June 10, 2016 report
fMRI study reveals brain working's during navigation
(Medical Xpress)—A team of researchers affiliated with several academic institutions in the U.S. has learned more about the way the brain works as a person both visualizes taking a trip, and then as the trip is taken. In their paper published in the journal Science, the team describes their studies using volunteers, virtual reality technology and fMRI machines.
Scientists have known for some time that the hippocampus is heavily involved in directing us to where we want to go (prior research has shown that grid cells are used to create a virtual map in the entorhinal which interacts with the hippocampus), whether walking or driving—our brains hold that virtual map of the world around us, and we use it to get where we want to go. In this new effort, the researchers have found other brain parts that are also involved in the process during different parts of a trip.
To gain a better understanding of what occurs in the brain when people make their way from one place to another, the researchers asked volunteers to move about in a virtual world over the course of two days. On the first day, they were asked to follow markers leading them to five different locations and to try to memorize the routes. On the second day, each volunteer was placed in an fMRI machine and then were asked to first mentally plan their routes to reach the sites they had visited the day before, then to actually visit them in their virtual world, sans markers, which meant they had to get there using the mental map they had created.
In analyzing the data, the researchers found that the orbitofrontal cortex became more active as the volunteers thought about the place where they were going to go and as it interacted with the hippocampus—they also found that the frontopolar cortex appeared to play a role in regulating activity between the two regions. The team also found that three other brain regions—the perirhinal and parahippocampal cortexs and the retrosplenial complex—became active as the volunteers imagined the route in their minds that they would take to get to a particular destination.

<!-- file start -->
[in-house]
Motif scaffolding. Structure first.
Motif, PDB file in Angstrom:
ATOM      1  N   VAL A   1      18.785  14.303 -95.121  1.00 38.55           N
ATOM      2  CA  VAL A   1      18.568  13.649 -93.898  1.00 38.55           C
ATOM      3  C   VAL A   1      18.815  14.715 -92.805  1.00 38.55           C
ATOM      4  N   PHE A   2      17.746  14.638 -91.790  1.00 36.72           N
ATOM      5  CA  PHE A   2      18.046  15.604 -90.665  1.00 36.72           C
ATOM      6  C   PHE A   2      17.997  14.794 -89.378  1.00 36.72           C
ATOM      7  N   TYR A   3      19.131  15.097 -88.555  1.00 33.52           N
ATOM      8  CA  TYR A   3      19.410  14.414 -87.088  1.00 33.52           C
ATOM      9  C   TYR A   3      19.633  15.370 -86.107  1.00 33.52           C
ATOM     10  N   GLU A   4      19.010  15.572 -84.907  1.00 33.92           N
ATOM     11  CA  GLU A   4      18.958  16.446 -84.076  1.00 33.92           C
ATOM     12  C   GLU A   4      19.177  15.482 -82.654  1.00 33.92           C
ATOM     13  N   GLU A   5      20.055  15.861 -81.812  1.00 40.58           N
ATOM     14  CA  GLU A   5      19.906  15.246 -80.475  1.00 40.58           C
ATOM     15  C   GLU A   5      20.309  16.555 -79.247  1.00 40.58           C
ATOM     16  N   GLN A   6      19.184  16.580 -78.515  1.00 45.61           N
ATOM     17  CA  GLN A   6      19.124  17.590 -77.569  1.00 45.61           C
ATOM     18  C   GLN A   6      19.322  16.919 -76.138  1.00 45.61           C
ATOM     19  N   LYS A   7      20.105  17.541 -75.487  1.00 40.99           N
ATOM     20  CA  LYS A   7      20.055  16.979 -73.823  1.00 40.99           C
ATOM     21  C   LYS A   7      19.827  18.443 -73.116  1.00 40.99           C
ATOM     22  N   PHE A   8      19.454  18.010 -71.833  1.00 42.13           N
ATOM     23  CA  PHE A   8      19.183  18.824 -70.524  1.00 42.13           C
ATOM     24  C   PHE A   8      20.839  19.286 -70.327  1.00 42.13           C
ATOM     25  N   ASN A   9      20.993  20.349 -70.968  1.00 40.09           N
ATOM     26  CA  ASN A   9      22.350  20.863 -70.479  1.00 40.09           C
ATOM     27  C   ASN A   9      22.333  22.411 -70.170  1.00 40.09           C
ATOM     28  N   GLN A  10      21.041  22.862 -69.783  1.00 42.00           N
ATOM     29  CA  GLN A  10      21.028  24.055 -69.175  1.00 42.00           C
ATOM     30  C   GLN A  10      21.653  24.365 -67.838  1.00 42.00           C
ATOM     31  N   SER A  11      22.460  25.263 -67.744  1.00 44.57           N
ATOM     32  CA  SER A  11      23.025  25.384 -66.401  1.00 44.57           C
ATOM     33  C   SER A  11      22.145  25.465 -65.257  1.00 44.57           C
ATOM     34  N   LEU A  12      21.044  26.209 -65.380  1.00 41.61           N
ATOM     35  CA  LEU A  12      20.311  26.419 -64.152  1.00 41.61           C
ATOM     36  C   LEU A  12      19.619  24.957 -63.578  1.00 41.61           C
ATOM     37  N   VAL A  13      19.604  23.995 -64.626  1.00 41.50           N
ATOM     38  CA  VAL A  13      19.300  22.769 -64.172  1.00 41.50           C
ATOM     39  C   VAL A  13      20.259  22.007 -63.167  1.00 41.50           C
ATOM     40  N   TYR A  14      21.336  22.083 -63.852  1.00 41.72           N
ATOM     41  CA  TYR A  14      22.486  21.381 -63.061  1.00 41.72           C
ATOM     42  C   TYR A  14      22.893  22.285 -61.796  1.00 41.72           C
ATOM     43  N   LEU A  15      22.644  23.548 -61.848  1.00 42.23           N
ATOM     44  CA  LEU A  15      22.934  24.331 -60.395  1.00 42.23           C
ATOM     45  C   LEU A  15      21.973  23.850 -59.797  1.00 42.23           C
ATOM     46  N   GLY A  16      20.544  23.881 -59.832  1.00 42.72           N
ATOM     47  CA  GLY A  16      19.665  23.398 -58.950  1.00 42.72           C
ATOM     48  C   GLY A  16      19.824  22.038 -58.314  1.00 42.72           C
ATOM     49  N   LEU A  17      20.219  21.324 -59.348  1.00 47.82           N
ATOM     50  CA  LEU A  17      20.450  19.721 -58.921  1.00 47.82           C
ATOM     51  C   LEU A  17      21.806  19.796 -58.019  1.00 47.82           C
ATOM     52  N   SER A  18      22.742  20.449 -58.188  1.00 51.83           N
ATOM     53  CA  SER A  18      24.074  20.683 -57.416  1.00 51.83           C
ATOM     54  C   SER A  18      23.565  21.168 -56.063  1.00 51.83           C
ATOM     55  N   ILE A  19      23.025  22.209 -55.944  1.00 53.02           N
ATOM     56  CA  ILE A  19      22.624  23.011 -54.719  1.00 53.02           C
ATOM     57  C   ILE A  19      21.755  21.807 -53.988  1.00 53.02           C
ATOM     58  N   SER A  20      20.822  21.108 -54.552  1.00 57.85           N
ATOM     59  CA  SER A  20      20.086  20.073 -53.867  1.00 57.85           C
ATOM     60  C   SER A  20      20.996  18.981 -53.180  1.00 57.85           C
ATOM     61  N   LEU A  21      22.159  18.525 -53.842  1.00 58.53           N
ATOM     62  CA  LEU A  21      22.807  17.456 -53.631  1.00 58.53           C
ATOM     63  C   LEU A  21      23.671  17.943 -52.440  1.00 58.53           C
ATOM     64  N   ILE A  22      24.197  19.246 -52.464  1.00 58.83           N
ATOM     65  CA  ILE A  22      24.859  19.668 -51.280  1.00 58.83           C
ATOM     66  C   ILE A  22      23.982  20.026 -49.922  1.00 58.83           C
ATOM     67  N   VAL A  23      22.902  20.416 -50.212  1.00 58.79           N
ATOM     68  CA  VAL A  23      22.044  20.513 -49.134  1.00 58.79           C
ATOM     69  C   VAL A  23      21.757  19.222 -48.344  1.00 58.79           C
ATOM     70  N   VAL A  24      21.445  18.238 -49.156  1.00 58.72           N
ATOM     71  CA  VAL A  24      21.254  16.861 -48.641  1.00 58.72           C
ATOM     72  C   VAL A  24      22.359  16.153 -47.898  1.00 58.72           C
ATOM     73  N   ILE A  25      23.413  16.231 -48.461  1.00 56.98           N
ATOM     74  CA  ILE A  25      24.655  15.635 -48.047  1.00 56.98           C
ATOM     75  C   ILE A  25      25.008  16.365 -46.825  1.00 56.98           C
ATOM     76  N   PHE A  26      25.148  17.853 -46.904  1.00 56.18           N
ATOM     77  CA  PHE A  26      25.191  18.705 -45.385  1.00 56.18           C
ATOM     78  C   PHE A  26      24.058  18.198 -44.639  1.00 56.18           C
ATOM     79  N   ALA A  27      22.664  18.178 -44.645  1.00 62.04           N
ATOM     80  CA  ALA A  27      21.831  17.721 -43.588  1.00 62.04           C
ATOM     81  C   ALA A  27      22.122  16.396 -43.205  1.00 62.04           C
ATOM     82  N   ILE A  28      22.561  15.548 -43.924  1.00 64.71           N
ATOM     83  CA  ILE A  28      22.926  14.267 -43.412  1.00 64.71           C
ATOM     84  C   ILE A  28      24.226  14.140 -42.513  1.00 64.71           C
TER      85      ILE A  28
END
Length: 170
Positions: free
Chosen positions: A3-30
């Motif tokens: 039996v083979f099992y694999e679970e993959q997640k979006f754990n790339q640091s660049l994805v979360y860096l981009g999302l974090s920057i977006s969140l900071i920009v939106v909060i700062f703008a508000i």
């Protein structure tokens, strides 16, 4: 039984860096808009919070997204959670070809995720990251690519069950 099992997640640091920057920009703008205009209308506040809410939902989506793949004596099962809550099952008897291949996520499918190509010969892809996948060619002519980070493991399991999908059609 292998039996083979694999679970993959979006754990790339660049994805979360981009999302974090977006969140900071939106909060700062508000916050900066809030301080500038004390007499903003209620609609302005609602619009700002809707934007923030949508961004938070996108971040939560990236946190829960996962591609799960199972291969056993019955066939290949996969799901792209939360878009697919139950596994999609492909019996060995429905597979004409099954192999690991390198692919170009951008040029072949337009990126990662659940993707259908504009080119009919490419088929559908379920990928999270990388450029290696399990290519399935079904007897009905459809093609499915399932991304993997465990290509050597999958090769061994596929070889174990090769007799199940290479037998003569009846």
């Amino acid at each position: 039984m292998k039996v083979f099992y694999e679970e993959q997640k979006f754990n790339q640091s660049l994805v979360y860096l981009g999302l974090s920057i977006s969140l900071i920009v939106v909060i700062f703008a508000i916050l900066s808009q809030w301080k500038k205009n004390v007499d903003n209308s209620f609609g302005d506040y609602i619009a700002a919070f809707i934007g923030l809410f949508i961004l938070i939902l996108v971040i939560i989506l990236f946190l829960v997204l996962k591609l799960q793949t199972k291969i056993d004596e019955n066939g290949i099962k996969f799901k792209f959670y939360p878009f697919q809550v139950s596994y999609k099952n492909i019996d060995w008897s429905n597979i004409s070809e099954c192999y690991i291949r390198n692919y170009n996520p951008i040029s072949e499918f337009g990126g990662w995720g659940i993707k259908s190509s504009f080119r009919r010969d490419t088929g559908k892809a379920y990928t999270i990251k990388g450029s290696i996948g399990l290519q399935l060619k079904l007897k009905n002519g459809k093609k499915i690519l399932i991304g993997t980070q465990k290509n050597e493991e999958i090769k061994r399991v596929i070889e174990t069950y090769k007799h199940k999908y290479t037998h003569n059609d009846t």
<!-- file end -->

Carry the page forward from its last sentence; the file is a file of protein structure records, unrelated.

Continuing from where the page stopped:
Overall the results suggest that the brain has a very sophisticated network of brain parts and pathways that are involved in navigation and the study has offered new insights into how the brain works in general.
Mental representation of the future is a fundamental component of goal-directed behavior. Computational and animal models highlight prospective spatial coding in the hippocampus, mediated by interactions with the prefrontal cortex, as a putative mechanism for simulating future events. Using whole-brain high-resolution functional magnetic resonance imaging and multi-voxel pattern classification, we tested whether the human hippocampus and interrelated cortical structures support prospective representation of navigational goals. Results demonstrated that hippocampal activity patterns code for future goals to which participants subsequently navigate, as well as for intervening locations along the route, consistent with trajectory-specific simulation. The strength of hippocampal goal representations covaried with goal-related coding in the prefrontal, medial temporal, and medial parietal cortex. Collectively, these data indicate that a hippocampal-cortical network supports prospective simulation of navigational events during goal-directed planning.
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